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Synthesis and antimicrobial properties of camphorsulfonic acid derived imidazolium salts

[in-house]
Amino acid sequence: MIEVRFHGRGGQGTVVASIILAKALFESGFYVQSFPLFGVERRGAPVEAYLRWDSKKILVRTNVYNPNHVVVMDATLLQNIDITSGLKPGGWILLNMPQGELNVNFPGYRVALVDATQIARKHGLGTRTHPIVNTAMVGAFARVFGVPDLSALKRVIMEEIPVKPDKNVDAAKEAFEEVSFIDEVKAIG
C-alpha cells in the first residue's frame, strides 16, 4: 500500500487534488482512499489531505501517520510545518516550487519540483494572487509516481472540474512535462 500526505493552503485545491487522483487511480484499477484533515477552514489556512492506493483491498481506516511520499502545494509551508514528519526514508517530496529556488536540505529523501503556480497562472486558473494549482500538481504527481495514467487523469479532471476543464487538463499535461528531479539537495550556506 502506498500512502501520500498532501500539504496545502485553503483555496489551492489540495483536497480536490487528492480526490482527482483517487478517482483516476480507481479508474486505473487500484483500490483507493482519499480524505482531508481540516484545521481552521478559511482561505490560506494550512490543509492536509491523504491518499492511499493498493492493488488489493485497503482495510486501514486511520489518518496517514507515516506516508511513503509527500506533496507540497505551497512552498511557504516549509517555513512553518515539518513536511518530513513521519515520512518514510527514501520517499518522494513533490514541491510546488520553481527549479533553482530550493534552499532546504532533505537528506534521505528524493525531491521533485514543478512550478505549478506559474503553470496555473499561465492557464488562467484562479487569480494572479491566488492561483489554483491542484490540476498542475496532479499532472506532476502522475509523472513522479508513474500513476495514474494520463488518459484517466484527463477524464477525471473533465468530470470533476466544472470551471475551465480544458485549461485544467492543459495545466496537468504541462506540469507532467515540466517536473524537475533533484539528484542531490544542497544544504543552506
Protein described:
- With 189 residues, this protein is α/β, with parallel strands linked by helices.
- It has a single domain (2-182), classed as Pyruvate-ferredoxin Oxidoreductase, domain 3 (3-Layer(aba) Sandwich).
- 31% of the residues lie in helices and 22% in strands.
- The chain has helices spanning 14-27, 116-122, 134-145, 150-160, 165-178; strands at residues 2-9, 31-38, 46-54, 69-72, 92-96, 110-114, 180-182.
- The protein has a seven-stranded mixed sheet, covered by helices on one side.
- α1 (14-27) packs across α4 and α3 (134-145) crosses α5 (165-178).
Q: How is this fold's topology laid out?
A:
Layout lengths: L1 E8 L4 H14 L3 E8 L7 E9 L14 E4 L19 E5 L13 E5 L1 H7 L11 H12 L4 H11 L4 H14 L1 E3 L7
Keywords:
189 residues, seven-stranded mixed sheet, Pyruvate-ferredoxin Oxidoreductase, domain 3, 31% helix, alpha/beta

Synthesis and antimicrobial properties of camphorsulfonic acid derived imidazolium salts Keywords Kúcové slová: imidazolium salts, antimicrobial activity, camphorsulfonic acid imidazóliové soli, antimikróbna aktivita, kyselina gáforsulfónová INTRODUCTION The strong bactericidal activity of quaternary ammonium salts (QAS) with long alkyl chains have been known since 1915 (Jacobs & Heidelberger, 1915) and studied further on a broad range of microorganisms such as Gram positive (G+) and Gram negative (G-) bacteria and fungi (Lukác et al., 2010; Miklás et al., 2012, 2014), certain viruses (Wong et al., 2002), herbicidal salts (Cojocaru et al., 2013) and even anticancer agents (Kaushik et al., 2012). Having the ability to intercalate into phospholipid membranes, they may affect the processes in biological systems, inducing cell autolysis leading to the leakage of intercellular materials into the environment and cell death (Devínsky et al., 1987; Mlynarcík et al., 1981). The widespread importance of surfactants in practical applications (Brak & Jacobsen, 2013; Cortesi et al., 2012; Gilbert & Moore, 2005; Zhi et al., 2012) and difficulties to recover or reuse them due to their water solubil* miklas@fpharm.uniba.sk © Acta Facultatis Pharmaceuticae Universitatis Comenianae ity causes their accumulation in environment, thus affecting aquatic ecosystem. Most QASs are not easily biodegraded; therefore, the aquatic microorganisms remain in contact with them for a longer period of time, which increases their toxicity. It was found (Kümmerer et al., 1997) that LC50 of benzalkonium chloride to fish was between 0.5 and 5.0 mg l-1 and to daphnids even from 0.1 to 1.0 mg l-1. In addition, the presence of QASs may decrease the biodegradation efficiency of linear alkylbenzene sulfonates. The toxicity of QASs depends on both polar and hydrophobic parts of the molecule. Generally, the double-tail surfactants are less toxic than the single-tail counterparts (Pinnaduwage et al., 1989). The length of the hydrophobic alkyl chain in QASs plays also an important role for toxicity. While for aliphatic single-tail cationic surfactants, the toxicity increases with the increasing alkyl chain length; (Rasia et al., 2007) for Acetone was distilled from potassium carbonate. Bromoacetic double-tail cationic surfactant, the toxicity decreases as the acid esters (Michniak et al., 1996) and amides (Hoque et al., alkyl chain length increases (Spelios & Savva, 2008). Concern- 2012) were synthesized by modification of published proing the polar part of the QAS`s molecule, the positive charge cedures. 1H and 13C NMR spectra were measured on a Varian can be located on a quaternary ammonium group or delo- Gemini 300 spectrometer at 300 MHz and 75 MHz, respectively. calized in heterocyclic ring or in a guanidine group. Delocali- Chemical shifts have been reported in ppm relative to an interzation of the positive charge mostly helps to decrease the nal reference (TMS). IR spectra (in KBr pellets) were recorded toxicity of such surfactants (Coleman et al., 2012). In order to on FTIR Impact 400D Nicolet instrument. Polarimetric measavoid systemic toxicity and environmental persistency of QAS urements were obtained using a Jasco P-1010 polarimeter at antimicrobials, the "soft" drug approach developed by Bodor 589 nm. Elemental analyses were carried out on a Carlo Erba et al. (1980) was applied to this problem. The structural "soft" 1108A instrument. All melting points reported were uncorrectanalogues, compared to their "hard" counterparts, have a spe- ed and measured on Kofler hot stage. cific easily degradable functional group built into their structures to provide their one-step detoxification. Various "soft" 2.2 Microbiology surfactants possessing a cleavable moiety, such as an ester The antimicrobial activity was tested against Gram-negative and/or amide bond, have been synthesized and their antimi- bacteria Escherichia coli CNCTC 377/79, Gram-positive baccrobial activity and biodegradation was tested (Colomer et al., teria Staphylococcus aureus ATCC 6538 and fungi Candida al2012; Devínsky et al., 1991; Fan et al., 2013). The well-known bicans CCM 8186. Solutions of the compounds studied were antibacterial effect of essential oils containing bicyclic cam- prepared in DMSO (5%, w/v). A suspension of the standard phor or borneol (avar et al., 2012; Ruiz-Navajas et al., 2012) microorganism, prepared from 24-h cultures of bacteria in resulted in the idea to design and synthesize potentially "soft" blood agar and from 24-h cultures in the Sabouraud agar for QASs bearing hydrophobic chiral camphor derived moieties, fungi had a concentration of 5x107 cfu ml-1 of bacteria and hoping that incorporation of two important antimicrobial ac- 5x105 cfu ml-1 of Candida. Concentration of microorganisms tive structures in one compound will improve their bioactivity. were determined spectrophotometrically at 540 nm and adIn this study, we have prepared a series of six new optically justed to absorbance A = 0.35. The microorganism suspenactive quaternary imidazolium salts, which could be specified sion (5 l) was added to solutions containing the compound as potentially "soft" disinfectants due to the ester or amide under examination (100 l) and to double-concentrated pepbonds in the structure (Fig. 1). Their antimicrobial activity was tone broth medium (8%) for bacteria or Sabouraud medium tested against Gram-negative Escherichia coli, Gram-positive (12%) for Candida (100 l).The double-concentrated medium human pathogenic bacteria Staphylococcus aureus and hu- was used due to addition of the same volume of solution man fungal pathogen Candida albicans. containing the compound tested, which resulted in the desired standard concentration of medium for experiments. The stock solution of tested compounds was serially diluted by 2. EXPERIMENTAL half. The cultures were carried out using 96-well microliter 2.1 Materials and methods plates. The microorganisms were incubated for 24 h at 37°C All compounds used ((1S)-(+)-camphor-10-sulfonic acid (CSA), and then from each well, 5 l of suspension were cultured on thionylchloride, triethylamine (TEA), diethyl ether, acetone, blood agar (bacteria) or on Sabouraud agar (fungi). After 24 h dichloromethane (DCM), ethyl acetate, petroleum ether (40­ at 37°C, the lowest concentration of QAS, which prevented 65°C), DMSO, bromoacetyl bromide, fatty alcohols and amines) colony formation, was determined as minimal inhibitory conare commercially available. DCM was pre-dried over CaCl2 and centration (MIC). Benzalkonium bromide (BAB, Ajatin®) and then distilled from CaH2 under a nitrogen atmosphere. Diethyl carbethopendecinium bromide (Septonex®) were used as the ether was pre-dried from KOH and then distilled from sodium. standards. H N SOCl2 DCM, TEA SO2Cl R-Br CH3CN O2 S O N 100°C O2 S O N SO3H 1a 1b 1c 2a 2b 2c N+ R R = -CH2COO-decyl R = -CH2COO-dodecyl R = -CH2COO-tetradecyl R =-CH2CONH-decyl R = -CH2CONH-dodecyl R = -CH2CONH-tetradecyl Figure 1. Preparation of camphorsulfonic acid derived imidazolium salts of the compounds in series 1 and 2. 2.3 Synthesis Enantiopure camphor sulfonylchloride 4 was prepared according to the known procedure (Gayet et al., 2004). 1-((1H-imidazol-1-ylsulfonyl)methyl)-7,7-dimethylbicyclo[2.2.1]heptan-2-one (3) To a solution of imidazole (7.1 g, 0.104 mol) and TEA (11.1 ml, 0.08 mol) in anhydrous DCM (50 ml) was added drop wise a solution of 4 (20.12 g, 0.08 mol) in anhydrous DCM (80 ml) at 0°C over 30 min. After the addition was complete, the reaction mixture was heated to reflux for 1.5 h. and then stirred overnight at ambient temperature. A precipitate was filtered off and filtrate was extracted with 20% (w/v) aqueous solution of Na2CO3 (2 x 50 ml) and brine (50 ml). The organic layer was dried over anhydrous Na2SO4 and evaporated to yield a yellowish solid. The crude product was recrystallized from acetone/petroleum ether (3:1, v/v) mixture to yield 19.1 g (84%) of white crystals. General procedure for the synthesis of quaternary salts 1 and 2 The sulfonamide 3 (12 mmol) was mixed with 1.2 equivalents of the appropriate alkylating bromoderivative in CH3CN (20 ml). Reaction mixture was stirred at ambient temperature for 2 h., then refluxed for 24 h. and allowed to cool. The reaction mixture was placed in the freezer for 2 days and the resulting crystals were filtered off, washed twice with 25 ml of anhydrous diethyl ether and the crude product was recrystallized repeatedly from anhydrous acetone. Characterisation and spectral data of the prepared salts are sumarized in Tables 1 and 2. 3. RESULTS AND DISCUSSION Enantiopure QASs of the compounds in series 1 and 2 were synthesized as illustrated in Fig. 1. starting from (1S)-camphor10-sulfonic acid. Although sulfonylchloride 4 is commercially available as a starting material, (1S)-camphor-10-sulfonic acid proved to be less expensive and can be easily converted to the sulfonylchloride 4 by the published procedure (Gayet et al., 2004). Thus (1S)-camphor-10-sulfonic acid was reacted with thionylchloride providing compound 4 in 86% yield after crystallization from petroleum ether. The preparation of camphor sulfonamide 3 was carried out by dropwise addition of 4 in anhydrous DCM into the solution of imidazole in DCM in the presence of TEA as a base. Two series of imidazolium salts 1 and 2 were formed after quaternization of 3 by n-alkyl esters or N-alkyl amides of bromoacetic acid (alkyl = decyl, dodecyl, tetradecyl) in acetonitrile. All imidazolium salts were obtained as colorless crystals after several crystallizations from anhydrous acetone in yields ranging from 24 to 46%. They were identified and characterized thoroughly from spectral and analytical data. The antimicrobial activities of imidazolium salts, were determined as a MIC, [mol l-1] against the Gram-positive human pathogenic bacteria S. aureus, Gram-negative bacteria E. coli and human fungal pathogen C. albicans, the values for which are given in Table 3. The MIC values were determined as lowest concentration of the imidazolium salt that completely prevented visible colony formation. All the compounds were dissolved in DMSO for biological evaluation. In order to prove that the solvent does not influence bacterial and fungal growth, a test with pure solvent was performed. This control test detected no inhibitory activity. Clinically used benzalkonium bromide (BAB, Ajatin®) and carbethopendecinium bromide (Septonex®) were used as standards. According to the results, it can be observed that all of the synthesized imidazolium salts exhibit growth inhibition effect against all three types of microbes, with higher efficiency against S. aureus and C. albicans (Fig. 2). Gram-negative E. coli was found to be most resistant to the prepared salts, presumably due to the cell membrane composition. Gram-negative bacteria contain an outer membrane with an external com- Table 1. Characterisation of camphorsulfonic acid derived imidazolium salts of the compounds in series 1 and 2 Compound Formula / []D21 (conc., solvent) C25H41BrN2O5S/ - 0.86 (0.1 g/100 ml, CHCl3) C27H45BrN2O5S/ - 0.44 (0.1 g/100 ml, CHCl3) C29H49BrN2O5S/ - 0.34 (0.1 g/100 ml, CHCl3) C25H42BrN3O4S/ - 9.34 (0.1 g/100 ml, CHCl3) C27H46BrN3O4S/ - 6.12 (0.1 g/100 ml, CHCl3) C29H50BrN3O4S/ - 5.47 (0.1 g/100 ml, CHCl3) C13H18N2O3S/ - 15.5 (0.1 g/100 ml, CHCl3) wi(calc.)/% wi(found)/% C 53.47 53.29 55.00 54.91 56.39 56.22 53.56 53.51 55.09 54.94 56.48 56.39 55.30 55.12 H 7.36 7.43 7.69 7.84 8.00 8.06 7.55 7.39 7.88 7.83 8.17 8.24 6.43 6.51 N 4.99 5.11 4.75 4.88 4.54 4.68 7.50 7.67 7.14 7.21 6.81 6.74 9.92 9.78 S 5.71 5.58 5.44 5.20 5.19 5.02 5.72 5.91 5.45 5.69 5.20 5.44 11.36 11.49 Yield % 46 38 41 24 33 38 84 M.p. °C 153­155 141­143 137­138 134­135 123­124 113­114 173­175 1a 1b 1c 2a 2b 2c 3 Table 2. Spectroscopic data of camphorsulfonic acid derived imidazolium salts of the compounds in series 1 and 2 Compound 1a Spectral data IR, /cm-1: 3057, 2957, 2922, 2852, 1751,1563, 1467, 1234, 1183,1042, 969, 759, 601 1H NMR (DMSO-d6, 300 MHz) 10.14 (s, 1H); 8.62 (s, 1H); 7.63 (s, 1H); 5.37 (s, 2H); 4.18 (t, 2H, J =7.2 Hz); 3.48 (d, 1H, J = 14.83 Hz); 2.88 (d, 1H, J = 14.83 Hz); 2.39­2.28 (m, 2H); 2.11­1.87 (m, 5H); 1.66 (t, 2H, J = 6.87Hz); 1.26 (s, 14H); 1.05 (s, 3H); 0.9­0.83 (m, 6H). 13 C NMR (DMSO-d6, 75 MHz) 217.1; 165.8; 139.3; 133.5; 123.2; 67.1; 58.4; 50.3; 48.1; 47.6; 43,0; 42.5; 31.8; 29.5; 29.4; 29.3; 29.2; 28.3; 27.0; 25.7; 24.5; 22.6; 19.8; 19.7; 14.1. IR, /cm-1: 3111, 2957, 2921, 2851, 1749, 1583, 1468, 1399, 1374, 1236, 1182, 1041, 968, 866, 763, 601 1 H NMR (DMSO-d6, 300 MHz) 10.13 (s, 1H); 8.61 (s, 1H); 7.63 (s, 1H); 5.36 (s, 2H); 4.18 (t, 2H, J =7,2 Hz); 3.48 (d, 1H, J = 14.84 Hz); 2.88 (d, 1H, J = 14.84 Hz); 2.39­2.28 (m, 2H); 2.11­1.87 (m, 5H); 1.66 (t, 2H, J = 6.87Hz); 1.26 (s, 18H); 1.05 (s, 3H); 0.9­0.83 (m, 6H). 13 C NMR (DMSO-d6, 75 MHz) 217.1; 165.9; 139.3; 133.5; 123.3; 67.1; 58.4; 50.3; 48.1; 47.6; 43,0; 42.6; 31.9; 29.7; 29.6; 29.5; 29.4; 29.3; 29.2; 28.3; 27.0; 25.7; 24.6; 22.7; 19.8; 19.7; 14.1. IR, /cm-1: 3111, 2956, 2920, 2851, 1748, 1584, 1468, 1396, 1374, 1234, 1182, 1042, 966, 788, 601 1 H NMR (DMSO-d6, 300 MHz) 10.13 (s, 1H); 8.61 (s, 1H); 7.63 (s, 1H); 5.36 (s, 2H); 4.18 (t, 2H, J =7,2 Hz); 3.48 (d, 1H, J = 14.84 Hz); 2.88 (d, 1H, J = 14.84 Hz); 2.39­2.28 (m, 2H); 2.11­1.87 (m, 5H); 1.66 (t, 2H, J = 6.87Hz); 1.26 (s, 22H); 1.05 (s, 3H); 0.9­0.83 (m, 6H). 13 C NMR (DMSO-d6, 75 MHz) 217.1; 166.0; 139.5; 133.8; 123.3; 67.1; 58.5; 50.3; 48.1; 47.7; 43.0; 42.6; 31.9; 29.7(2C); 29.6; 29.5; 29.4; 29.2; 28.4; 27.0; 25.7; 24.6; 22.7; 19.8; 19.7; 14.1. IR, /cm-1: 3447, 3241, 3081, 2957, 2922, 2851, 1743, 1662, 1560, 1476, 1257, 1171, 1041, 856, 775, 601 1 H NMR (DMSO-d6, 300 MHz) 9.44 (s, 1H); 8.91 (s, 1H); 8.23 (t, 1H, J = 5.63 Hz); 7.57 (s, 1H); 5.18 (s, 2H); 3.32 (d, 1H, J = 14.49 Hz); 3.20 (td, 2H, J1 = 6.44 Hz, J2 = 13.69 Hz); 2.88 (d, 1H, J = 14.49 Hz); 2.58­2.30 (m, 2H); 2.12­1.79 (m, 5H); 1.53 (t, 2H, J = 6.44Hz); 1.24 (s, 14H); 1.05 (s, 3H); 0,89-0,85 (m, 6H). 13 C NMR (DMSO-d6, 75 MHz) 217.3; 164.2; 137.5; 134.4; 122.9; 67.2; 58.5; 51.6; 48.3; 47.9; 43.0; 42.6; 40.1; 31.9; 29.6; 29.3; 29.1; 27.0; 24.7; 22.7; 19.8; 19.7; 14.1. IR, /cm-1: 3447, 3240, 3080, 2957, 2922, 2851, 1743, 1662, 1559, 1476, 1257, 1170, 1041, 856, 776, 601. 1 H NMR (DMSO-d6, 300 MHz) 9.44 (s, 1H); 8.92 (s, 1H); 8.23 (t, 1H, J = 5.63 Hz); 7.57 (s, 1H); 5.19 (s, 2H); 3.31 (d, 1H, J = 14.47 Hz); 3.20 (td, 2H, J1 = 6.44 Hz, J2 = 13.34 Hz); 2.88 (d, 1H, J = 14.47 Hz); 2.57­2.31 (m, 2H); 2.12­1.79 (m, 5H); 1.53 (t, 2H, J = 6.44Hz); 1.24 (s, 18H); 1.05 (s, 3H); 0.89­0.85 (m, 6H). 13 C NMR (DMSO-d6, 75 MHz) 217.3; 164.3; 137.5; 134.5; 123.0; 67.2; 58.5; 51.6; 48.3; 47.9; 43.0; 42.7; 40.1; 31.9; 29.6 (2C); 29.5; 29.3; 29.1; 27.0; 24.7; 22.7; 19.8; 19.7; 14.1. IR, /cm-1: 3447, 3241, 3080, 2957, 2922, 2851, 1743, 1662, 1559, 1476, 1257, 1170, 1041, 856, 776, 601. 1 H NMR (DMSO-d6, 300 MHz) 9.44 (s, 1H); 8.91 (s, 1H); 8.22 (t, 1H, J = 5.67 Hz); 7.57 (s, 1H); 5.18 (s, 2H); 3.32 (d, 1H, J = 14,49 Hz); 3.20 (td, 2H, J1 = 6.47 Hz, J2 = 13.62 Hz); 2.87 (d, 1H, J = 14.49 Hz); 2.57­2.31 (m, 2H); 2.12­1.79 (m, 5H); 1.53 (t, 2H, J = 6.44Hz); 1.24 (s, 22H); 1.05 (s, 3H); 0.89­0.85 (m, 6H). 13 C NMR (DMSO-d6, 75 MHz) 217.3; 164.3; 137.5; 134.5; 123.0; 67.2; 58.5; 51.6; 48.3; 47.9; 43.0; 42.7; 40.1; 31.9; 29.6 (2C); 29.5; 29.4 (2C), 29.3; 29.1; 27.0; 24.7; 22.7; 19.8; 19.7; 14.1. H NMR (DMSO-d6, 300 MHz) 8.00 (s, 1H); 7.38 (s, 1H); 7.19 (s, 1H); 3.74 (d, 1H, J = 14.67 Hz); 3.19 (d, 1H, J = 14.67 Hz); 2.36-2.49 (m, 2H); 2.06-2.19 (m, 2H); 1.98 (d, 1H, J = 18.49 Hz); 1.73-1.82 (m, 1H); 1.50 (m, 1H); 1.14 (s, 3H); 0.89 (s, 3H). 13 C NMR (DMSO-d6, 75 MHz) 217.2; 138.3; 132.9; 119.2; 58.4; 48.2; 47.6; 43.1; 42.6; 25.7; 24.6; 19.8; 19.7. 1b 1c 2a 2b 2c ponent that consists mainly of lipopolysaccharides, which acts as a barrier and prevents antimicrobial agents and biocides from entering the cell (Pérez et al., 2009). The importance of structure for the initiation of biodegradation was studied by Boethling et al. (1989). They found a decrease of biodegradability under aerobic conditions in the following order: ester, amide, anhydride, hydroxyl and carboxyl. Considering the structure of prepared salts, derivatives 1a-1c with an ester functional group were only slightly effective as antimicrobial agents compared to amide analogues 2a-2c,, probably due to the faster biodegradation of ester derivatives. QASs exhibit strong antimicrobial activities and they are widely used as a disinfectants and antiseptics. The main target site of QASs is the cytoplasmic membrane comprised of a phospholipid bilayer. QASs are able to intercalate into the phospholipid bilayer, which is accompanied by membrane disorganization and structural and functional changes in the cell membrane, inducing leakage of intracellular components (Gilbert and Moore, 2005; Tischer et al., 2012; Wessels and Ingmer, 2013). In addition, QASs were found to inhibit ATP synthesis by neutralizing the proton motive force (PMF) (Denyer & Hugo, 1977). The PMF is initiated by a proton gradient across the cytoplasmic membrane and is involved in many respiratory and photosynthetic processes including ATP synthesis. QASs are surface active agents and therefore they denature proteins anchored in the cytoplasmic membrane or cause dissociation of an enzyme from its prosthetic group. This effect was observed at concentrations much higher than lethal ones, so the enzyme inhibition is not the primary or main lesion caused by cationic surfactants (Merianos 1991). It has been shown that some bisammonium salts also have intracellular targets and bind to DNA, which leads to the inhibition of DNA replication (Menzel et al., 2011; Zinchenko et al., 2004). On the other hand, for most of the QASs, no specific S. aureus E. coli C. albicans log 1/MIC 1a 1b 1c 2a 2b 2c BAB septonex Figure 2. Antimicrobial activity Log 1/MIC of camphorsulfonic acid derived imidazolium salts in series 1 and 2. target site has been recognized. However, it is not excluded CONCLUSIONS that there can exist some target specificities, as shown by In summary, we have designed and synthesized a new amphiMenzel (2011) and Zhang (2013), because the antimicrobial philic imidazolium salts that could be classified as potentially activity of QASs fluctuates significantly against various types "soft" antimicrobials. Salts 2a-2c with amide functional group of microorganisms and explanation simply by the cationic showed better antimicrobial and antifungal activity compared charge and hydrophobic tail cannot be used. The antimicro- to their ester analogues 1a-1c. The maximum antimicrobial bial activity of surfactants generally depends on the alkyl activity was observed for compounds with 12 carbon atoms chain length, although this correlation is not linear. In the in alkyl chain. Increasing the number of carbon atoms in alkyl series of prepared imidazolium salts 1a-1c and 2a-2c, maxi- chain decreased the biological activity of studied salts against mum antimicrobial activity was observed for compounds all microorganisms tested. The best antimicrobial activity, with 12 carbon atoms in alkyl chain 1a and 2a. Therefore, it shows 3-(2-decylamino-2-oxoethyl)-1-[(7,7-dimethyl-2-oxobican be inferred that increasing the number of carbon atoms cyclo[2.2.1]heptan-1-yl)methylsulfonyl]imidazolium bromide in alkyl chain decreased the biological activity of the studied 2a followed by 3-(2-dodecylamino-2-oxoethyl)-1-[(7,7-dimesalts against all microorganisms tested. thyl-2-oxobicyclo[2.2.1]heptan-1-yl)methylsulfonyl]imidazoIt is noteworthy that among the salts examined in this study, lium bromide 2b. Their activity was higher than clinically used the most active were 2a and 2b. Both compounds inhibited BAB. Nevertheless, they were less effective than the other the growth of microorganisms at the concentrations lower clinically used standard carbethopendecinium bromide. than BAB. On the other hand, none of the prepared salts was more effective than carbethopendecinium bromide. HowACKNOWLEDGEMENT ever, the medical use of QAS in some fields is limited by their high toxicity and low biodegradability. The "soft" cationic Financial support of this work by European Union in the amphiphilic compounds exhibit higher biodegradability project "Centrum excelentnosti bezpecnostného výskumu" and less toxicity that makes them more beneficial in medi- with code number 26240120034 is gratefully acknow cal applications despite slightly decreased biological activity. ledged by the authors. Table 3. MIC values (µmol l-1) of camphorsulfonic acid derived imidazolium salts of the compounds in series 1 and 2. Compound 1a 1b 1c 2a 2b 2c BAB Septonex S. aureus ATCC 6538 1391.1 5406.9 5560 5.4 10.4 80.4 26 4.7 E. coli CNCTC 377/79 2781.5 2703.5 5560 144.1 208 321.6 260 47.3 C. albicans CCM 8186 1391.1 1351.1 2780 5.4 10.4 40.2 26 1.9 46 http://www.deepdyve.com/assets/images/DeepDyve-Logo-lg.png Acta Facultatis Pharmaceuticae Universitatis Comenianae de Gruyter